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A one-man business born out of making gear for his mates

A one-man business born out of making gear for his mates

The recent lifting of the demersal ban was welcomed by small business owners in the tackle industry like Paul Thompson.

The man behind the ever-expanding Snapbait range of tackle and fishing products, Paul said the impact of the new ban in February and March was being severely felt by many in the industry.

“It had a huge impact on us,” he said.

“I was trying to find ways to keep sales in stores ticking over and targeting areas outside the ban area, such as the Pilbara.

“My main concern was the tackle stores I deal with, as I could really see the impact on them with the stress and struggles.”

Paul said the ban was making the challenge of running a tackle store even bigger, especially for the small independent stores.

“They already have their hands full with the number of big chain stores and the ban is another nail in the coffin for some of them,” he said.

“The big stores can ride it out, but the smaller local tackles stores will really feel these new bans for six months of  the year.”

Demersal fishing is certainly a key part of the Snapbait business model, with its Triple Threat hybrid rigs, new Sakana jig heads, assist hooks, squid skirts, Shimmer Shad soft plastics and Proto-J jigs.

However, it also does whiting poppers, terminal tackle and flasher rigs, as well as fishing tools and apparel, available from its website and also in just under 50 shops across Australia, plus some in New Zealand and the United States.

It is a one-man business born of making gear for his mates, after growing up in Queensland as a keen young fisho chasing whiting and bream in the estuaries around Hervey Bay, barramundi in the lakes and Spanish mackerel and reef fish offshore.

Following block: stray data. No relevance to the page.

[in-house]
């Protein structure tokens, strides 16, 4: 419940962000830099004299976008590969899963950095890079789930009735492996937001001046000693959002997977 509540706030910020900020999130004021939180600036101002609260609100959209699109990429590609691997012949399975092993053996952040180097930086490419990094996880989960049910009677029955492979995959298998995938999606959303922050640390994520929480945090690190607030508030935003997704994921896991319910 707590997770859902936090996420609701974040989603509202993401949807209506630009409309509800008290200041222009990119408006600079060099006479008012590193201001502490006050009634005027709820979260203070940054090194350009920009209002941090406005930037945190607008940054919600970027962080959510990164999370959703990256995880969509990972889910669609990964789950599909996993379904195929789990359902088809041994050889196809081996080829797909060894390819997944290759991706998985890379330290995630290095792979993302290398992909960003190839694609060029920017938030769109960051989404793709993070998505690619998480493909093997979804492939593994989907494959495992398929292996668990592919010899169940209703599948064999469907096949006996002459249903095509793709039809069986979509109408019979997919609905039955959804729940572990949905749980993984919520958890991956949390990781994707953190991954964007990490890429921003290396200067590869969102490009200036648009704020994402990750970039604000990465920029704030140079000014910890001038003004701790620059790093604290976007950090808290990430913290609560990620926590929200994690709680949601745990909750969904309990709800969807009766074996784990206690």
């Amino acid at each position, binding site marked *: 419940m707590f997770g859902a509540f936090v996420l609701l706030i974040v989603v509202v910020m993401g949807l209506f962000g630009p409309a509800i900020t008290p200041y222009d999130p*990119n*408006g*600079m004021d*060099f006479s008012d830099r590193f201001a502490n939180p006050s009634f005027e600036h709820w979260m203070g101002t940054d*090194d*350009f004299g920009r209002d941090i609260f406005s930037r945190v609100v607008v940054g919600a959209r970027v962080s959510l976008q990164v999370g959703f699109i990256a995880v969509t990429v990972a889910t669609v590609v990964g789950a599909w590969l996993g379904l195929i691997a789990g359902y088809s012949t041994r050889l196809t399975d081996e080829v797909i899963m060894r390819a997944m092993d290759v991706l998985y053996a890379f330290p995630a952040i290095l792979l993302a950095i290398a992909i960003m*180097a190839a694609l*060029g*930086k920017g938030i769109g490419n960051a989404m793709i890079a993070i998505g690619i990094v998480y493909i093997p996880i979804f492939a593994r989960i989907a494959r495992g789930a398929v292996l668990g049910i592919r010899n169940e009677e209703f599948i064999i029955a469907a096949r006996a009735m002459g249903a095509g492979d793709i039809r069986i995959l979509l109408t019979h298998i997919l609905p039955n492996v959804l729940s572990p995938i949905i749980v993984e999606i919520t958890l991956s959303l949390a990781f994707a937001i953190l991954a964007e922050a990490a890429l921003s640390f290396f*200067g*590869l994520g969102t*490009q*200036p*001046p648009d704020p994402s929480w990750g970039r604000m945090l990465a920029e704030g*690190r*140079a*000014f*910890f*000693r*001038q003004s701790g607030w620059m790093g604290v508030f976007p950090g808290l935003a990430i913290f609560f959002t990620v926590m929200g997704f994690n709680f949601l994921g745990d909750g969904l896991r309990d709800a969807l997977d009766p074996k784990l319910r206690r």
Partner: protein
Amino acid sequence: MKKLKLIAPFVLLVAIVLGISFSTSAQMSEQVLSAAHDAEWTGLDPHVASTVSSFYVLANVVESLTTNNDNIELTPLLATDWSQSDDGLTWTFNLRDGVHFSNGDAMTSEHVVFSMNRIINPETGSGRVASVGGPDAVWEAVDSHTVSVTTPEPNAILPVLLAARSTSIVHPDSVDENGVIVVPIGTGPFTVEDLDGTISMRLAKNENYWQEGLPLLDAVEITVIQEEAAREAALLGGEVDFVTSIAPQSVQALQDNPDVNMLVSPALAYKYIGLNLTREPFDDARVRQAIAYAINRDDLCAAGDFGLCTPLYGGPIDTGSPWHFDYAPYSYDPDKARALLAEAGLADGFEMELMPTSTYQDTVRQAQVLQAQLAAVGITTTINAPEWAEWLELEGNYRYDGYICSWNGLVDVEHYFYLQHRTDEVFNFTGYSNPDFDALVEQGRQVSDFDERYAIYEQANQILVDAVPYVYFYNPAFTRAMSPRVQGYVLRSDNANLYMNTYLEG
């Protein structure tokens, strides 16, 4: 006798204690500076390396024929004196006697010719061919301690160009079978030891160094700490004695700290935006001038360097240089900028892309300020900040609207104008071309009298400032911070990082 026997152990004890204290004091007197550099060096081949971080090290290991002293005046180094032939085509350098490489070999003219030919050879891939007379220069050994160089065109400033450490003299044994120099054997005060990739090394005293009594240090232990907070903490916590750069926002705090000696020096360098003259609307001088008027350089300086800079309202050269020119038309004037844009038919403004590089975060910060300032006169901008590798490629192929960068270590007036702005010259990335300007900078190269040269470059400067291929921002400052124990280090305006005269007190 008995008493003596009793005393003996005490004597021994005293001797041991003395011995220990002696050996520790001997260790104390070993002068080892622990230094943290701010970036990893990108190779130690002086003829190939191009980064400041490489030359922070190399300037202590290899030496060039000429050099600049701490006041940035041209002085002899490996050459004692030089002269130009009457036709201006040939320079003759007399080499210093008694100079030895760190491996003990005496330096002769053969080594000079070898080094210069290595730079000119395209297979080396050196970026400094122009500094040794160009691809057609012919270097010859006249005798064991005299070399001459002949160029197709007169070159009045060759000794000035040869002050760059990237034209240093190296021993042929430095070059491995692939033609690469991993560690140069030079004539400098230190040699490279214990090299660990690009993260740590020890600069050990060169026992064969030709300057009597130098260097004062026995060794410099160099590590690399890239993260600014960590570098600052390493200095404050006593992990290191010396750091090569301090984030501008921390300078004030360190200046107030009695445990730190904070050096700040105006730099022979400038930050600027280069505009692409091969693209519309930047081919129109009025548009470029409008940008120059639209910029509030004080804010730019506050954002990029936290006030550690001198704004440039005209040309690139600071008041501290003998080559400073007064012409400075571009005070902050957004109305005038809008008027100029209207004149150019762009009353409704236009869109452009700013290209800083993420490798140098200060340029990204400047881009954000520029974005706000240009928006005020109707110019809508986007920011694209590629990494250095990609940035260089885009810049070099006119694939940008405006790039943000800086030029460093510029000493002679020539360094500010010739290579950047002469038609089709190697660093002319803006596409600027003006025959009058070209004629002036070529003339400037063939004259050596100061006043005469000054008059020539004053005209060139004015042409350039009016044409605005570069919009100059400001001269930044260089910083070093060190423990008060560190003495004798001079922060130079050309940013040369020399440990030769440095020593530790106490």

However, it’s a big change of career for Paul, who for almost a decade spent months at a time cut off from the world while living underwater as a submariner in the Royal Australian Navy.

“It was challenging and interesting,” he recalled of a life most of us couldn’t imagine.

“You get used to it – it’s like being in a plane for three and a half months.

“When you come back up you find out all the things that have changed in the world while you’ve been out of contact, like when the Prime Minister changes!”

The experience of living in a submarine still stays with him and certain sounds will trigger responses in Paul that take him back to that life.

Fishing was a big part of his transition back to ‘normal’ life and that passion led to designing gear.

“It was always a passion, I was always making rods and assist hooks and other things,” he said.

“Friends were noticing and getting me to make them gear.

“I started by designing a jig head purely based on hydrodynamics.”

Within six months, the Snapbait brand was born and on the shelves back in 2021.

“I’ve been surprised by how popular it has been in such a short amount of time,” he said.

“We do a lot of things now and all are custom designed.

“I really like the slow-pitch jigs, the Proto-Js, as they took me a long time to develop and design properly.”

Paul is hopeful the new rules won’t torpedo his business just as it gains steam and Snapbait is about to expand into rods, as well as increase its lure range with new knife jigs.

If you want to check out Paul’s work, set the periscope depth to www.snapbait.com.au for a full list of stockists.

Image caption: Paul Thompson with a pink snapper caught on one of his own lures.

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